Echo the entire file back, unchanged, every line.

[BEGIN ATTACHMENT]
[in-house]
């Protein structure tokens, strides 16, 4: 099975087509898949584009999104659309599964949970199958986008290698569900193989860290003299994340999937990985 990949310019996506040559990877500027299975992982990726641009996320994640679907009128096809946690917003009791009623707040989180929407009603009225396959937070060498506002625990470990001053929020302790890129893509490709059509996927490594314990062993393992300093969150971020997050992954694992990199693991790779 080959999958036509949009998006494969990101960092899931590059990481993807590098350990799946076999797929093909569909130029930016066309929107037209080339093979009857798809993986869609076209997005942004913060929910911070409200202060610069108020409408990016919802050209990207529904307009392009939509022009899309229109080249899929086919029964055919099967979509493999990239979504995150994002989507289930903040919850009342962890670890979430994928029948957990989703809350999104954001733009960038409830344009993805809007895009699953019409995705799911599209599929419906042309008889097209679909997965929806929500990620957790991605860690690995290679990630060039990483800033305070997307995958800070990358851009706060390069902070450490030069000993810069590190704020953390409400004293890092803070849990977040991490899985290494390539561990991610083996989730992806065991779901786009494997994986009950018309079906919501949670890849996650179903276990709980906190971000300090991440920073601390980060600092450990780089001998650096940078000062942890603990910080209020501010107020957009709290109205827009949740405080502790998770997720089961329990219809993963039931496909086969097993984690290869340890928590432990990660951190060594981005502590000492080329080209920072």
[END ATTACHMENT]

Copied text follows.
[in-house]
């Protein structure tokens, strides 16, 4: 099975087509898949584009999104659309599964949970199958986008290698569900193989860290003299994340999937990985 990949310019996506040559990877500027299975992982990726641009996320994640679907009128096809946690917003009791009623707040989180929407009603009225396959937070060498506002625990470990001053929020302790890129893509490709059509996927490594314990062993393992300093969150971020997050992954694992990199693991790779 080959999958036509949009998006494969990101960092899931590059990481993807590098350990799946076999797929093909569909130029930016066309929107037209080339093979009857798809993986869609076209997005942004913060929910911070409200202060610069108020409408990016919802050209990207529904307009392009939509022009899309229109080249899929086919029964055919099967979509493999990239979504995150994002989507289930903040919850009342962890670890979430994928029948957990989703809350999104954001733009960038409830344009993805809007895009699953019409995705799911599209599929419906042309008889097209679909997965929806929500990620957790991605860690690995290679990630060039990483800033305070997307995958800070990358851009706060390069902070450490030069000993810069590190704020953390409400004293890092803070849990977040991490899985290494390539561990991610083996989730992806065991779901786009494997994986009950018309079906919501949670890849996650179903276990709980906190971000300090991440920073601390980060600092450990780089001998650096940078000062942890603990910080209020501010107020957009709290109205827009949740405080502790998770997720089961329990219809993963039931496909086969097993984690290869340890928590432990990660951190060594981005502590000492080329080209920072």